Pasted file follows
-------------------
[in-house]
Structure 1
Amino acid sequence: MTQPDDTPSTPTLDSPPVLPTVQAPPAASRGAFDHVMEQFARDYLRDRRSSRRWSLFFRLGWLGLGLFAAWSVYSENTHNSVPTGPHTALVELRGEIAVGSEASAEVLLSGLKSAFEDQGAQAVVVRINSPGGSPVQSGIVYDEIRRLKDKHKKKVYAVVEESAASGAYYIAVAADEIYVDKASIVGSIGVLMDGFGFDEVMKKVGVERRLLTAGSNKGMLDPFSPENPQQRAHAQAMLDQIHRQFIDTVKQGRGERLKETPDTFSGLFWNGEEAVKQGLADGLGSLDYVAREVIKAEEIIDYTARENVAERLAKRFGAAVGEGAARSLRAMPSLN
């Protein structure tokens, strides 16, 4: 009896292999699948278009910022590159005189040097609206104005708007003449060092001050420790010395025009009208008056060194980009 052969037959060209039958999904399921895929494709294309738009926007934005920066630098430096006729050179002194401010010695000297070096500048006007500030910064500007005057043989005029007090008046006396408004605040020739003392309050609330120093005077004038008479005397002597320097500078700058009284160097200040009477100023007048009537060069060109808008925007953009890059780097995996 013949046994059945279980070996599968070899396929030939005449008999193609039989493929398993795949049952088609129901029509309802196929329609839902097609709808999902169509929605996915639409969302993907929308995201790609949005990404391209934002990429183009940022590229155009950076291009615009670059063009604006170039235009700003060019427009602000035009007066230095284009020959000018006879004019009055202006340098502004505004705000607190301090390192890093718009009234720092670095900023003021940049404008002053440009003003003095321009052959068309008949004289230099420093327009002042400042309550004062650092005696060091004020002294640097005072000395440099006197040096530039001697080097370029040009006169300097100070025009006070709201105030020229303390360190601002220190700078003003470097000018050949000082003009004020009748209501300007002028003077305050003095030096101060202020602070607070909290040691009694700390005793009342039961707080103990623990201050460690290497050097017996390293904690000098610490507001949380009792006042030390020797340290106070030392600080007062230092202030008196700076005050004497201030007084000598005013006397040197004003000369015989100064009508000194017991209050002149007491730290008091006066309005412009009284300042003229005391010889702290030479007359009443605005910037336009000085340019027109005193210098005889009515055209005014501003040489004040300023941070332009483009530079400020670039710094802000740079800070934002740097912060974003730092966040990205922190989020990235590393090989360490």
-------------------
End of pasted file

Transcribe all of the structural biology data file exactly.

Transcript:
[in-house]
Structure 1
Amino acid sequence: MTQPDDTPSTPTLDSPPVLPTVQAPPAASRGAFDHVMEQFARDYLRDRRSSRRWSLFFRLGWLGLGLFAAWSVYSENTHNSVPTGPHTALVELRGEIAVGSEASAEVLLSGLKSAFEDQGAQAVVVRINSPGGSPVQSGIVYDEIRRLKDKHKKKVYAVVEESAASGAYYIAVAADEIYVDKASIVGSIGVLMDGFGFDEVMKKVGVERRLLTAGSNKGMLDPFSPENPQQRAHAQAMLDQIHRQFIDTVKQGRGERLKETPDTFSGLFWNGEEAVKQGLADGLGSLDYVAREVIKAEEIIDYTARENVAERLAKRFGAAVGEGAARSLRAMPSLN
């Protein structure tokens, strides 16, 4: 009896292999699948278009910022590159005189040097609206104005708007003449060092001050420790010395025009009208008056060194980009 052969037959060209039958999904399921895929494709294309738009926007934005920066630098430096006729050179002194401010010695000297070096500048006007500030910064500007005057043989005029007090008046006396408004605040020739003392309050609330120093005077004038008479005397002597320097500078700058009284160097200040009477100023007048009537060069060109808008925007953009890059780097995996 013949046994059945279980070996599968070899396929030939005449008999193609039989493929398993795949049952088609129901029509309802196929329609839902097609709808999902169509929605996915639409969302993907929308995201790609949005990404391209934002990429183009940022590229155009950076291009615009670059063009604006170039235009700003060019427009602000035009007066230095284009020959000018006879004019009055202006340098502004505004705000607190301090390192890093718009009234720092670095900023003021940049404008002053440009003003003095321009052959068309008949004289230099420093327009002042400042309550004062650092005696060091004020002294640097005072000395440099006197040096530039001697080097370029040009006169300097100070025009006070709201105030020229303390360190601002220190700078003003470097000018050949000082003009004020009748209501300007002028003077305050003095030096101060202020602070607070909290040691009694700390005793009342039961707080103990623990201050460690290497050097017996390293904690000098610490507001949380009792006042030390020797340290106070030392600080007062230092202030008196700076005050004497201030007084000598005013006397040197004003000369015989100064009508000194017991209050002149007491730290008091006066309005412009009284300042003229005391010889702290030479007359009443605005910037336009000085340019027109005193210098005889009515055209005014501003040489004040300023941070332009483009530079400020670039710094802000740079800070934002740097912060974003730092966040990205922190989020990235590393090989360490």